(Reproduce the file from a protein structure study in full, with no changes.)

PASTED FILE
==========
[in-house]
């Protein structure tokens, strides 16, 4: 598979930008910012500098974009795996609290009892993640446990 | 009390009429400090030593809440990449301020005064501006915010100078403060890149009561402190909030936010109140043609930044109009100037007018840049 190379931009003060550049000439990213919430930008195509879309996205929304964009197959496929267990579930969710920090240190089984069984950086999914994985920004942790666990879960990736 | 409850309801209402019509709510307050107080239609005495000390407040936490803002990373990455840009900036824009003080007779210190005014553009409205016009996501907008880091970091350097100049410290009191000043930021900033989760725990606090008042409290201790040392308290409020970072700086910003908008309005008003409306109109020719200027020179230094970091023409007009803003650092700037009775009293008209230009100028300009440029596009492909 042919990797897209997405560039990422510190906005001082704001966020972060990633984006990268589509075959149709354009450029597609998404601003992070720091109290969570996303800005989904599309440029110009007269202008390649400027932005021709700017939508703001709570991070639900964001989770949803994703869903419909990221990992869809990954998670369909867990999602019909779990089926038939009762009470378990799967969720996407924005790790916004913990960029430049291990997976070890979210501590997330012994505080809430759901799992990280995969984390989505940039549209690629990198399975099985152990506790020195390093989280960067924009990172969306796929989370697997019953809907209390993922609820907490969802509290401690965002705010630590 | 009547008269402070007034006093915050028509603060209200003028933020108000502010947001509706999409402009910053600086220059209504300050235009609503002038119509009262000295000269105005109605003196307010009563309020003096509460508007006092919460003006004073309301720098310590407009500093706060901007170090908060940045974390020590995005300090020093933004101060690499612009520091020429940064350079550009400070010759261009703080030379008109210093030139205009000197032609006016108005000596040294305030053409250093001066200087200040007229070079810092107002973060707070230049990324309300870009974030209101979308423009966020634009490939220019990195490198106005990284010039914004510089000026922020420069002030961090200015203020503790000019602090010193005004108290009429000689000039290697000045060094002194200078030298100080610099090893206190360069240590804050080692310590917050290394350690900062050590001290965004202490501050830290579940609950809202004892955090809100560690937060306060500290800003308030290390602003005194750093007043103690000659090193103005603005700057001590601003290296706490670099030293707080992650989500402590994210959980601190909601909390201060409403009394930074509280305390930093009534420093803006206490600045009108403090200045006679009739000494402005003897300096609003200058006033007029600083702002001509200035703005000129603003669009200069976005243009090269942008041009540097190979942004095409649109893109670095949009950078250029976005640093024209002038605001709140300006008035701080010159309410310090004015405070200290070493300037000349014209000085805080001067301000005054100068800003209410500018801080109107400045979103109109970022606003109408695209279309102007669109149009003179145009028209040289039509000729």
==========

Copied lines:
[in-house]
């Protein structure tokens, strides 16, 4: 598979930008910012500098974009795996609290009892993640446990 | 009390009429400090030593809440990449301020005064501006915010100078403060890149009561402190909030936010109140043609930044109009100037007018840049 190379931009003060550049000439990213919430930008195509879309996205929304964009197959496929267990579930969710920090240190089984069984950086999914994985920004942790666990879960990736 | 409850309801209402019509709510307050107080239609005495000390407040936490803002990373990455840009900036824009003080007779210190005014553009409205016009996501907008880091970091350097100049410290009191000043930021900033989760725990606090008042409290201790040392308290409020970072700086910003908008309005008003409306109109020719200027020179230094970091023409007009803003650092700037009775009293008209230009100028300009440029596009492909 042919990797897209997405560039990422510190906005001082704001966020972060990633984006990268589509075959149709354009450029597609998404601003992070720091109290969570996303800005989904599309440029110009007269202008390649400027932005021709700017939508703001709570991070639900964001989770949803994703869903419909990221990992869809990954998670369909867990999602019909779990089926038939009762009470378990799967969720996407924005790790916004913990960029430049291990997976070890979210501590997330012994505080809430759901799992990280995969984390989505940039549209690629990198399975099985152990506790020195390093989280960067924009990172969306796929989370697997019953809907209390993922609820907490969802509290401690965002705010630590 | 009547008269402070007034006093915050028509603060209200003028933020108000502010947001509706999409402009910053600086220059209504300050235009609503002038119509009262000295000269105005109605003196307010009563309020003096509460508007006092919460003006004073309301720098310590407009500093706060901007170090908060940045974390020590995005300090020093933004101060690499612009520091020429940064350079550009400070010759261009703080030379008109210093030139205009000197032609006016108005000596040294305030053409250093001066200087200040007229070079810092107002973060707070230049990324309300870009974030209101979308423009966020634009490939220019990195490198106005990284010039914004510089000026922020420069002030961090200015203020503790000019602090010193005004108290009429000689000039290697000045060094002194200078030298100080610099090893206190360069240590804050080692310590917050290394350690900062050590001290965004202490501050830290579940609950809202004892955090809100560690937060306060500290800003308030290390602003005194750093007043103690000659090193103005603005700057001590601003290296706490670099030293707080992650989500402590994210959980601190909601909390201060409403009394930074509280305390930093009534420093803006206490600045009108403090200045006679009739000494402005003897300096609003200058006033007029600083702002001509200035703005000129603003669009200069976005243009090269942008041009540097190979942004095409649109893109670095949009950078250029976005640093024209002038605001709140300006008035701080010159309410310090004015405070200290070493300037000349014209000085805080001067301000005054100068800003209410500018801080109107400045979103109109970022606003109408695209279309102007669109149009003179145009028209040289039509000729």